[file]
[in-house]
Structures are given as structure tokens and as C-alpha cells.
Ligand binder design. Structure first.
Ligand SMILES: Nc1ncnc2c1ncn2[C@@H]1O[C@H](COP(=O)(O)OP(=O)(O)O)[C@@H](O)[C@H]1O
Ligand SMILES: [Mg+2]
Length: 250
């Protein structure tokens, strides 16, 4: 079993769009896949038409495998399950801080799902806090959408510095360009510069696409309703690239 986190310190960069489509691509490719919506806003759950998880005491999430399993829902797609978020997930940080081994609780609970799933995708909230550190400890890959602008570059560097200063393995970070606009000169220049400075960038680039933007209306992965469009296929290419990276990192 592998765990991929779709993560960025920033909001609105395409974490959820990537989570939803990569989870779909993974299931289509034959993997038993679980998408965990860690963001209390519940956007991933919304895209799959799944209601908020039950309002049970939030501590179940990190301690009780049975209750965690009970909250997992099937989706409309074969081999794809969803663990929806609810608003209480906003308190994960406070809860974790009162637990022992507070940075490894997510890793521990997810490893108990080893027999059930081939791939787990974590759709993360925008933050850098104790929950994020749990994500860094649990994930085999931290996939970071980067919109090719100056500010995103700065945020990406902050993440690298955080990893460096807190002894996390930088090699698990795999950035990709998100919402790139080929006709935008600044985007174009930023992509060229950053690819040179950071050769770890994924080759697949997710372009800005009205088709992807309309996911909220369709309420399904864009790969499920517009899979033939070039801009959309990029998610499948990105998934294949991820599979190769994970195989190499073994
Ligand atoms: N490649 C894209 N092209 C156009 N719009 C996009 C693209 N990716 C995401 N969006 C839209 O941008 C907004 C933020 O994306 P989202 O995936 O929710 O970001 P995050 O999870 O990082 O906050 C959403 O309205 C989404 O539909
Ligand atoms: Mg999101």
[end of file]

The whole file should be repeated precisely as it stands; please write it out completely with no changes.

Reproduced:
[in-house]
Structures are given as structure tokens and as C-alpha cells.
Ligand binder design. Structure first.
Ligand SMILES: Nc1ncnc2c1ncn2[C@@H]1O[C@H](COP(=O)(O)OP(=O)(O)O)[C@@H](O)[C@H]1O
Ligand SMILES: [Mg+2]
Length: 250
């Protein structure tokens, strides 16, 4: 079993769009896949038409495998399950801080799902806090959408510095360009510069696409309703690239 986190310190960069489509691509490719919506806003759950998880005491999430399993829902797609978020997930940080081994609780609970799933995708909230550190400890890959602008570059560097200063393995970070606009000169220049400075960038680039933007209306992965469009296929290419990276990192 592998765990991929779709993560960025920033909001609105395409974490959820990537989570939803990569989870779909993974299931289509034959993997038993679980998408965990860690963001209390519940956007991933919304895209799959799944209601908020039950309002049970939030501590179940990190301690009780049975209750965690009970909250997992099937989706409309074969081999794809969803663990929806609810608003209480906003308190994960406070809860974790009162637990022992507070940075490894997510890793521990997810490893108990080893027999059930081939791939787990974590759709993360925008933050850098104790929950994020749990994500860094649990994930085999931290996939970071980067919109090719100056500010995103700065945020990406902050993440690298955080990893460096807190002894996390930088090699698990795999950035990709998100919402790139080929006709935008600044985007174009930023992509060229950053690819040179950071050769770890994924080759697949997710372009800005009205088709992807309309996911909220369709309420399904864009790969499920517009899979033939070039801009959309990029998610499948990105998934294949991820599979190769994970195989190499073994
Ligand atoms: N490649 C894209 N092209 C156009 N719009 C996009 C693209 N990716 C995401 N969006 C839209 O941008 C907004 C933020 O994306 P989202 O995936 O929710 O970001 P995050 O999870 O990082 O906050 C959403 O309205 C989404 O539909
Ligand atoms: Mg999101």